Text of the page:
If you’ve been busy on the golf course, or spending time with the kids, then you’ll be forgiven for missing this news: BT is switching off its ISDN and PSTN telephony services by 2025.
“Err, so what?” You might say. However this means that if your business isn’t using IP (internet protocol) services to host its telephony. Then in a mere seven years’ time, your old phone system could be swiftly retired.
Let’s rewind for a moment and bring you quickly up to speed with hosted telephony.
This comprehensive guide will not only explain what hosted telephony is, but you’ll also be able to get a head-start by investing in telephony services early and reaping the business benefits.
What Is Hosted Telephony?
First, let’s get this out of the way early to avoid all future confusion. It is also known as:
- Cloud telephony
- Voice over Internet Protocol (VoIP)
- Hosted VoIP
- Session Initiation Protocol (SIP) Trunking
- Virtual phone system
- Cloud communications
- IP PBX (Internet Protocol Private Branch Exchange)
- Cloud voice
- Hosted PBX
- IP voice services
- Cloud phone system
- Cloud PBX
Now we’ve straightened that up, hosted telephony is essentially making phone calls over the internet. Your service provider hosts and manages your business telephone system in a private data centre in the cloud.
VoIP providers, such as Skype and Zoom, have been available for many years. However, the technology has improved to such an extent. For instance entire business telephone systems can now be run, and all voice communication delivered, using a broadband connection.
What Is It Replacing?
As mentioned earlier, BT is switching off PSTN and ISDN to focus on IP services. Below is more detail as to what, precisely, that means.
Back in 1876, Alexander Graham Bell made the first telephone call by transmitting sound over a length of wire. His invention was based on years of earlier research and testing by various other scientists and inventors as far back as the 1660s.
The telephone network is a wire-based electrical system. It grew rapidly in the late 19th century as wires were laid underground, undersea or constructed overhead. This worldwide infrastructure of interconnected circuit-switched copper wire phone lines, which carry analogue voice data, is called PSTN or Public Switched Telephone Network. PSTN is managed by national, regional and local operators both commercial and government-owned.
The PSTN has evolved over the years to include mobile networks as well as fibre optic cables. However most landlines in the UK still use old, fixed, copper wire lines. This is based on the fundamental principles of Bell’s 19th century invention.
The eighties were known for many things: extreme shoulder pads, permed mullet hairstyles and electronic synth dance music.
It was also when the Integrated Services Digital Network (ISDN) launched.
In 1988 the ISDN provided a way to digitally transmit both voice and data simultaneously over the same copper wires. It added features that weren’t available on the ordinary analogue telephone line. For example internet access, video conferencing and fax. It also offered the fastest internet speeds but is becoming obsolete. As a result is being replaced with super-fast fibre cabling.
Both PSTN and ISDN require on-premise telephony systems to work, including hardware such as handsets as well as PBX (Private Branch Exchange) equipment and physical cables.
A PBX is a private telephone network used within a company or organisation. It switches calls between internal users as well as allowing staff to share a certain number of external phone lines.
With cloud telephony, PBX hardware and numerous physical phone lines are no longer required. All you need is an IP broadband connection.
Seriously Though, What’s the Point?
Do you remember when music was on vinyl records, then tape cassettes? Or perhaps films on video cassettes, then DVDs and now you buy them digitally, or even stream them straight from the internet? Technology moves on, and it makes perfect sense for telephony services to progress too.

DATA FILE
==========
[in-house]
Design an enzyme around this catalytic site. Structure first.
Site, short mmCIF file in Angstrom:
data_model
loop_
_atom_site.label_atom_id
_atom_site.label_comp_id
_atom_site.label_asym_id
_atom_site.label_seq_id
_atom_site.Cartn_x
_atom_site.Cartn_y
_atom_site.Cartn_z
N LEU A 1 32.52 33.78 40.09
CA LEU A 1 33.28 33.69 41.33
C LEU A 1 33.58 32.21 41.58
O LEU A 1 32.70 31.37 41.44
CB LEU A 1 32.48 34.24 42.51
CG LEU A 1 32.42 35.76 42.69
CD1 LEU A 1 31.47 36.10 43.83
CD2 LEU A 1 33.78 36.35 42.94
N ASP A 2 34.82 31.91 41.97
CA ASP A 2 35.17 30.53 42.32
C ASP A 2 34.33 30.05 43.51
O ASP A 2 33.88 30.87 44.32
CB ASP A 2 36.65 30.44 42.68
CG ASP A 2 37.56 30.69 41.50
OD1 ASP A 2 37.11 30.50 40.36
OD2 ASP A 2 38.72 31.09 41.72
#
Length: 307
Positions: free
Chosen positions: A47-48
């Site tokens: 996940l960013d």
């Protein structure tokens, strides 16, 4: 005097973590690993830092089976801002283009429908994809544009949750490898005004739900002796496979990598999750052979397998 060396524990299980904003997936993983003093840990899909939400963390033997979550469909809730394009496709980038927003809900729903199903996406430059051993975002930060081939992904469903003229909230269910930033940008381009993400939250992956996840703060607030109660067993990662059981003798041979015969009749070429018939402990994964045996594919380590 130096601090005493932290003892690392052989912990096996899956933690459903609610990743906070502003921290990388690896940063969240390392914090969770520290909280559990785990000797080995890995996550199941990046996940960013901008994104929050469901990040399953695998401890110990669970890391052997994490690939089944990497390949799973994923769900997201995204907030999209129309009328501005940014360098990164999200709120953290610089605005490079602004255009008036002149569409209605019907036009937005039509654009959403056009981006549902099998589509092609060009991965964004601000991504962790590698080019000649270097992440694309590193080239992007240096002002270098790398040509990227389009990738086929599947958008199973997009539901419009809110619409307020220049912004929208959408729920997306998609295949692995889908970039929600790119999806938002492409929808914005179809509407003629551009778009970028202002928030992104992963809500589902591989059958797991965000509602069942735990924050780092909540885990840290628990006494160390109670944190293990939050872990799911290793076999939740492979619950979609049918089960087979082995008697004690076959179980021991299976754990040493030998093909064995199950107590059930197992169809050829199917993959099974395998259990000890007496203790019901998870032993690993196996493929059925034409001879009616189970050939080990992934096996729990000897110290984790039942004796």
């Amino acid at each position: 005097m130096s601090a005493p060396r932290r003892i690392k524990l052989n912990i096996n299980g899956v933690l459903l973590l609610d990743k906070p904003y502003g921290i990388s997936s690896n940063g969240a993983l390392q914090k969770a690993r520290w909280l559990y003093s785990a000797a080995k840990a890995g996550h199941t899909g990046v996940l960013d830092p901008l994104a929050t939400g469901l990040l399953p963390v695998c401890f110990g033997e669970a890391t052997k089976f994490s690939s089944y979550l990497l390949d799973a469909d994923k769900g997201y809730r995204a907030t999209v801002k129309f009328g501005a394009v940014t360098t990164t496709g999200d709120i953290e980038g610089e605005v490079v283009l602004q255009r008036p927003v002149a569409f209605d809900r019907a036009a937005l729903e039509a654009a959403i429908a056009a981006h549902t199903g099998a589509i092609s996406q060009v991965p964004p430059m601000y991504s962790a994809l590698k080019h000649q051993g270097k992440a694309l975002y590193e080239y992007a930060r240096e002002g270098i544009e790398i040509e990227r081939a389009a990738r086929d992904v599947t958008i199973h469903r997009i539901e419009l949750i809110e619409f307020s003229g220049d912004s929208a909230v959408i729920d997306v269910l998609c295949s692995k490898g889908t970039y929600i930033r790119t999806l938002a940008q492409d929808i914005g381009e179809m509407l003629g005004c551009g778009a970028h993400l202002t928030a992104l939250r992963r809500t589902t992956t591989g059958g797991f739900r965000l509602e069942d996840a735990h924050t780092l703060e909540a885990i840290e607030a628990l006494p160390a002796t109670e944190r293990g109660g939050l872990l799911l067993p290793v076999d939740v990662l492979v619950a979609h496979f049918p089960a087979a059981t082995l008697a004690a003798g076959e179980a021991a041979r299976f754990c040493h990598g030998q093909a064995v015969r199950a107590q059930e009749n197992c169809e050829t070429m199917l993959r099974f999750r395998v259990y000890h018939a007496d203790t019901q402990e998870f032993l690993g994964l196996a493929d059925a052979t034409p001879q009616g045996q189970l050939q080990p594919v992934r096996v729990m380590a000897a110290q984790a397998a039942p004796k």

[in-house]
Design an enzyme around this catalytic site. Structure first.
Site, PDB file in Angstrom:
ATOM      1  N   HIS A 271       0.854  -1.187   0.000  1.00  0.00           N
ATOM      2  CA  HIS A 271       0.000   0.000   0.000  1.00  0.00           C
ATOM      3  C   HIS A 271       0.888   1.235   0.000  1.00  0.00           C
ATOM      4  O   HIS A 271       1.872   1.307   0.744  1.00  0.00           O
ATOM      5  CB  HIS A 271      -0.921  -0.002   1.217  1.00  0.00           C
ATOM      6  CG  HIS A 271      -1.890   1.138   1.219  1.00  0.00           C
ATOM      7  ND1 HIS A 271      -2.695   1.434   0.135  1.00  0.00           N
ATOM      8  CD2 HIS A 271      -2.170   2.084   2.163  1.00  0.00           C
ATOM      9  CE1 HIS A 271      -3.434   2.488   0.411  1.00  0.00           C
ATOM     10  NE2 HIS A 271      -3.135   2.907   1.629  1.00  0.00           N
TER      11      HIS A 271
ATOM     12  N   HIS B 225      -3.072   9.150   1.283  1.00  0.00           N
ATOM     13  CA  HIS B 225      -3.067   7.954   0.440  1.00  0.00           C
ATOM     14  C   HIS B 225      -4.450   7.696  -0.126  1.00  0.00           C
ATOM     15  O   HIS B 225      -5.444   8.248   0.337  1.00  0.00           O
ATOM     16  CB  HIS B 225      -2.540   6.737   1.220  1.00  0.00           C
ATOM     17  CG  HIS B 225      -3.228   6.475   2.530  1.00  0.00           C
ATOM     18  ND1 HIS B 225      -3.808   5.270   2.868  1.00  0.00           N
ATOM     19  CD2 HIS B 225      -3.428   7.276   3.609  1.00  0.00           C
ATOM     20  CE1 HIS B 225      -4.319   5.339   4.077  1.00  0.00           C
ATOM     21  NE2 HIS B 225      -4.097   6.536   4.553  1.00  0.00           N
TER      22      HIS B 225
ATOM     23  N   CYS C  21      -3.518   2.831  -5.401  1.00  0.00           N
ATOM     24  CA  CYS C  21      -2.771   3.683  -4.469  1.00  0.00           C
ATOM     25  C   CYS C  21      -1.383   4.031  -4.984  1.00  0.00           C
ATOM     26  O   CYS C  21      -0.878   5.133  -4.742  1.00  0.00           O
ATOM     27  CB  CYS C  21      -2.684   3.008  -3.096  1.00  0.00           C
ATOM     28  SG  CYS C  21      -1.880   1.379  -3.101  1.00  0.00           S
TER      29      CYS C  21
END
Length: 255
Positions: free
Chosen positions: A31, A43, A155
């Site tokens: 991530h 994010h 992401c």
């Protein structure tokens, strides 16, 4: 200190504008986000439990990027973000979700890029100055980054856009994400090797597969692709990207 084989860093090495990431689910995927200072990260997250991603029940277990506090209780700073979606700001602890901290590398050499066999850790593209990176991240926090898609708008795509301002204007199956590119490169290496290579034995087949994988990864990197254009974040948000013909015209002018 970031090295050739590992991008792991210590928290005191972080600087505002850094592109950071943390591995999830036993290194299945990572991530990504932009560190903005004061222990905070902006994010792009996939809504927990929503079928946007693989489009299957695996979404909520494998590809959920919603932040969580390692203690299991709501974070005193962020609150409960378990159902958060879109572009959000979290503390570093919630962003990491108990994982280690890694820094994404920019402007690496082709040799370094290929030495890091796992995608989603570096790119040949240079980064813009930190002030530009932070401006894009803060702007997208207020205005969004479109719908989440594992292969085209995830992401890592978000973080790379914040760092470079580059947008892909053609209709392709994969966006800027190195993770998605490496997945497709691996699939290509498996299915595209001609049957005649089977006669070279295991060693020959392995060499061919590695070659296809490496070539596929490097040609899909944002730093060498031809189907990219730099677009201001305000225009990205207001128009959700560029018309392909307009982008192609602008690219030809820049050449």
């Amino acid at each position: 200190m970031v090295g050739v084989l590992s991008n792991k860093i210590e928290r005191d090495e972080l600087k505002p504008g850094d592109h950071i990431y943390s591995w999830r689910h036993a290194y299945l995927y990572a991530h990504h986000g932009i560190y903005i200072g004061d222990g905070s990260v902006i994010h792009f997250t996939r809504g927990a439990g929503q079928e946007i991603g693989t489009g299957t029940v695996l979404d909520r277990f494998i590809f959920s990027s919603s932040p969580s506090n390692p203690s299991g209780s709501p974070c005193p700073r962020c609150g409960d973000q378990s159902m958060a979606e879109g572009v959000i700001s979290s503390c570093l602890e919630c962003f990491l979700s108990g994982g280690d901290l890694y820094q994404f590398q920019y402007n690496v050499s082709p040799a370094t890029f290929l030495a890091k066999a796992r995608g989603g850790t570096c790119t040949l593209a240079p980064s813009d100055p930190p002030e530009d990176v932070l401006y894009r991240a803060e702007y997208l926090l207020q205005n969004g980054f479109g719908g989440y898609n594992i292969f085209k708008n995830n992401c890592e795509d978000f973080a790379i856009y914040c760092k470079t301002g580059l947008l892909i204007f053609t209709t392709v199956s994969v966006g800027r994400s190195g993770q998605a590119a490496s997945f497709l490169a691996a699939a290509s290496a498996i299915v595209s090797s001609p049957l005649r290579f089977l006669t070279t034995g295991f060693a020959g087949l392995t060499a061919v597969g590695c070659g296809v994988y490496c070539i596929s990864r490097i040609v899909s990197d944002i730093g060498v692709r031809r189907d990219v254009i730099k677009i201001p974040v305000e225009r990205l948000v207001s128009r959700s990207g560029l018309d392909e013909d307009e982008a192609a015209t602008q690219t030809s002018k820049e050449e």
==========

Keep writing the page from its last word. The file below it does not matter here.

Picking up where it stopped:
Hosted telephony embraces the future, leaves the 19th century technology firmly in the past, and is, ultimately, inevitable.
According to recent research, more than three quarters (76%) of small businesses and entrepreneurs in the UK are looking to cloud solutions to increase their business efficiency. Many SMEs are moving operations such as IT hosting, data storage and office productivity tools, to the cloud. It’s no surprise that telecommunications is next on the list.
Using the internet (IP) for all communications services is fast becoming the norm across the world. BT is taking the plunge by doing away with its legacy infrastructure and shifting the entirety of its voice network over to VoIP via its fibre network. However, it’s not the first company to do so.
Communications providers in Japan, Sweden and Germany are switching to VoIP already. Orange aims to have all IP digital networks by 2020. Deutsche Telekom has set its sights on a migration of all its European lines to digital by the end of this year.
How Does It Actually Work?
For incoming calls, the phone connects to the IP network, through the remote host and then on to the correct person or department.
It works in a very similar way to a direct phone line.
What Are the Benefits for Businesses?
Cloud-based services offer a wide number of benefits for small and large businesses alike. For instance, you may have multiple remote working staff in various locations up and down the country. Or you may run a busy 24-hour ‘hotline’ such as customer service or client support. For example a rehabilitation clinic offering outpatient phone support. Then this could be the perfect option for you.
Ten Benefits of Moving Your Voice Calls to The Cloud
Unlike upgrading other infrastructure or business operations, with virtual phones there are no expensive upfront costs to install or purchase hardware. Your business phone system is essentially now a piece of software rather than hardware.
Most packages are charged on a license-per-user basis. Therefore, you’ll pay a set monthly fee based on the number of people who have a phone line. You don’t pay for the individual calls, so there will be no pricey surprises when the bill lands and one of your team spent three hours on a call to a supplier’s mobile phone in China…